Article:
Our brains cannot be forced to process everything without negative consequences.

I can step back, reduce the information overload, and deal with what’s really going on, one thing at a time…

A pandemic? Yes—awful.
But the fact that my beloved friends who contracted COVID are now fully recovered and healthy?

Racial inequality and violent protests? Awful.
What I’ve learned about how to be a better human because I’ve actually listened to the difficult experiences of my Black friends?

Rude and divisive political discourse and judgmentalism? Awful.
Gaining a better grasp of history by seeking to truly understand and learn from this moment, investing in new relationships that offer different perspectives?

It’s a matter of balance, of realizing that the Baader Meinhof effect is real—and then carefully taking steps to counteract what my brain is doing quite naturally, on its own. I can hit the reset button, reframe the narrative, and gently usher myself to a place of health and peace—a place where positions or opinions are not required, only my willingness to navigate all the junk that orbits my day to day universe and intentionally choose what matters…and what doesn’t.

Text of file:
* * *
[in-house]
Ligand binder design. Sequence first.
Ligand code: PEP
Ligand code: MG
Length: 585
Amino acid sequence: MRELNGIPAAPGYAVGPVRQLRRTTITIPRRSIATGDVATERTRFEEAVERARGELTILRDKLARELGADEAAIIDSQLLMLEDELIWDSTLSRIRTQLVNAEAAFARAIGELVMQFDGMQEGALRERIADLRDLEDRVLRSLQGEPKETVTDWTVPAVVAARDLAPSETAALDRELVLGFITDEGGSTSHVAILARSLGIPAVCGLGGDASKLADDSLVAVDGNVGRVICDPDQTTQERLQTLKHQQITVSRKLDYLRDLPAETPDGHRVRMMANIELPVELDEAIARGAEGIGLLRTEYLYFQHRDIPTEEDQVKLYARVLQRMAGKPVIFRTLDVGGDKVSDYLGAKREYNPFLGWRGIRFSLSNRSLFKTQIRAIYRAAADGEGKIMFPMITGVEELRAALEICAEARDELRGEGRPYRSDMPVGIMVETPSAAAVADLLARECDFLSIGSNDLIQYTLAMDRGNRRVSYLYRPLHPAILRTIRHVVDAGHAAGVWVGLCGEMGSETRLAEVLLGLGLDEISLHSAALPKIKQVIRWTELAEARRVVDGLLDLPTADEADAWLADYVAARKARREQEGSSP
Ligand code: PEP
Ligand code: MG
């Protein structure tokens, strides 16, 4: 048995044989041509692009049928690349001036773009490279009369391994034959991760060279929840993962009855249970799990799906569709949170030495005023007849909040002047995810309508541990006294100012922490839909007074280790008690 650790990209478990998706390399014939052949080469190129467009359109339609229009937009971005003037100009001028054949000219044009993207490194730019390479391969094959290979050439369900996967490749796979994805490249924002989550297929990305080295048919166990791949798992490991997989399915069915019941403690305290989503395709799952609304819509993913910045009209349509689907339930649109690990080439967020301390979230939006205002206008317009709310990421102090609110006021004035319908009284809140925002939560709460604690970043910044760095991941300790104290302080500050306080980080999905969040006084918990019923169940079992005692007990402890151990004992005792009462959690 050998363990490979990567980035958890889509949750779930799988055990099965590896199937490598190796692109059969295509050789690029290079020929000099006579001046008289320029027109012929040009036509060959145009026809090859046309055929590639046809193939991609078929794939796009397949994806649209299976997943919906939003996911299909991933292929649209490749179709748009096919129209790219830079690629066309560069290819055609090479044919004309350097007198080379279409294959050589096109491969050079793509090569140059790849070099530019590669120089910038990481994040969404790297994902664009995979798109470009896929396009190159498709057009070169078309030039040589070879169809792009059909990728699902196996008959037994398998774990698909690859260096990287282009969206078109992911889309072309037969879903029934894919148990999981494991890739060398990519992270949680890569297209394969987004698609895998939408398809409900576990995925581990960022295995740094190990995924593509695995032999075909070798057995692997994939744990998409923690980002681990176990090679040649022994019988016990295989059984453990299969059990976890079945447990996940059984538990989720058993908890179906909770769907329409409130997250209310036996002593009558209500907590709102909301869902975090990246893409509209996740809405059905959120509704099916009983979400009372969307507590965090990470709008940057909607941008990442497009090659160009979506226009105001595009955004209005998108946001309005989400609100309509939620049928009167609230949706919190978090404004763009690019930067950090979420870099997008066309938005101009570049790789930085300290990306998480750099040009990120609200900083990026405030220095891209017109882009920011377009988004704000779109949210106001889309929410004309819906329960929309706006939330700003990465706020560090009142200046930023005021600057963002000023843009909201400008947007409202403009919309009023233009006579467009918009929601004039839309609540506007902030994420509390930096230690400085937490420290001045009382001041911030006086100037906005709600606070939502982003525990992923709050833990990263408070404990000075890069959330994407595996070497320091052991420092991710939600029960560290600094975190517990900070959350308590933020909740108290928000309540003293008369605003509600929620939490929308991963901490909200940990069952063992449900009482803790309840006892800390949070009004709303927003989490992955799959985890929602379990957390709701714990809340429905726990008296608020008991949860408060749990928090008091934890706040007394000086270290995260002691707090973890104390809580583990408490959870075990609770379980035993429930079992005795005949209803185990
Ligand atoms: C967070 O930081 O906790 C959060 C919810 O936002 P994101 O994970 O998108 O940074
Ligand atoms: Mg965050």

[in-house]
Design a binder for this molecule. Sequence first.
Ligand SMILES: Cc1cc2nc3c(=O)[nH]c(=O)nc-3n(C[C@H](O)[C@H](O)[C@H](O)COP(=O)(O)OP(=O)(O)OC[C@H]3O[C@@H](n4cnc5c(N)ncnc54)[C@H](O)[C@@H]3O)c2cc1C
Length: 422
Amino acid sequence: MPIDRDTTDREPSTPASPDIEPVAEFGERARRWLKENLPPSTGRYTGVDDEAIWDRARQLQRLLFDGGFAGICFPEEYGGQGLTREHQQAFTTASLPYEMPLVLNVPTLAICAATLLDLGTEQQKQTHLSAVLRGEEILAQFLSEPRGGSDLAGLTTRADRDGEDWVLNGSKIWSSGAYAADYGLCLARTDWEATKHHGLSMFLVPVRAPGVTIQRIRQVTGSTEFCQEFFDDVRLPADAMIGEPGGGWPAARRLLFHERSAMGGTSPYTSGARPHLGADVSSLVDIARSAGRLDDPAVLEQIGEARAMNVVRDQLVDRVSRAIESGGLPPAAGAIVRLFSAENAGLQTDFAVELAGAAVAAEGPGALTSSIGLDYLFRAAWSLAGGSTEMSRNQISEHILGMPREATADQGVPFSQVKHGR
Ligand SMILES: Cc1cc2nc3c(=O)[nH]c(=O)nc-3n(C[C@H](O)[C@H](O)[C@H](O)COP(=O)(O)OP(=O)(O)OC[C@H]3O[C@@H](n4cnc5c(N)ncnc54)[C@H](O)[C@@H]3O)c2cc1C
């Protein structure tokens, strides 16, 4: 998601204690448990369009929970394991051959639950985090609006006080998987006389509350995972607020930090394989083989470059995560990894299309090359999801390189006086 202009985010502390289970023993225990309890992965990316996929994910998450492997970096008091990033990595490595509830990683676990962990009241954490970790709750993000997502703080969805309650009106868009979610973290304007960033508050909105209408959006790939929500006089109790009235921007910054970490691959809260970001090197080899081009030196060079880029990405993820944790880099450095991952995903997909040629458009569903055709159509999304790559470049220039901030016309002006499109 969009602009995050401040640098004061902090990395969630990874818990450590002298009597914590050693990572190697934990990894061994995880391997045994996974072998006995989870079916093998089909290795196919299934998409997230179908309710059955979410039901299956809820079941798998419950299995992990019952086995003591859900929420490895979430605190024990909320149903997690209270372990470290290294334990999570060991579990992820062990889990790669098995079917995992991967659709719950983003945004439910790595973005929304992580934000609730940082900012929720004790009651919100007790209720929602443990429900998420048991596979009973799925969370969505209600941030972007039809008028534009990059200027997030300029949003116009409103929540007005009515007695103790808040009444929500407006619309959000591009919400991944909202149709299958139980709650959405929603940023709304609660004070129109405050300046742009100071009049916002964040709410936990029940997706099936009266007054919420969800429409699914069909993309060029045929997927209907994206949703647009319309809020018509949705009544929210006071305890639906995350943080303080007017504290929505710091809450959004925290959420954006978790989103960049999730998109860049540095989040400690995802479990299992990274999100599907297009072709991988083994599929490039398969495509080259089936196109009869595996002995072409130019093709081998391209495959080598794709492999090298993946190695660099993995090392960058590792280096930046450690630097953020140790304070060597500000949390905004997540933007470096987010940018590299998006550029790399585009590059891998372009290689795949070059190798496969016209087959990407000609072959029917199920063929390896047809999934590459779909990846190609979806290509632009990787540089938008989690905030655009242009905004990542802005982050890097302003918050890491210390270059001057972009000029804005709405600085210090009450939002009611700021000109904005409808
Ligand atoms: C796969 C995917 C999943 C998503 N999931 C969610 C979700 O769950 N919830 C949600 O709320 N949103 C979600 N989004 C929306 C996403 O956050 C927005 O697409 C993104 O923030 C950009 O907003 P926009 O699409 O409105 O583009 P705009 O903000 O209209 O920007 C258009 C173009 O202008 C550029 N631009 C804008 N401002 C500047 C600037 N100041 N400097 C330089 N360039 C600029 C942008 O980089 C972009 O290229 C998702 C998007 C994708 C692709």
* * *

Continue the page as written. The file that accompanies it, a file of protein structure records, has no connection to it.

“Summing it all up, friends, I’d say you’ll do best by filling your minds and meditating on things true, noble, reputable, authentic, compelling, gracious—the best, not the worst; the beautiful, not the ugly; things to praise, not things to curse.” (Philippians 4:8, The Message)

It works.

Categories: Culture  Self  

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Written by

Beth Stoddard

Follower of Jesus. Wife. Mom. Grammy. Musician. Teacher. Pastor. Easily comforted by chocolate, coffee or watermelon.

Published August 31, 2020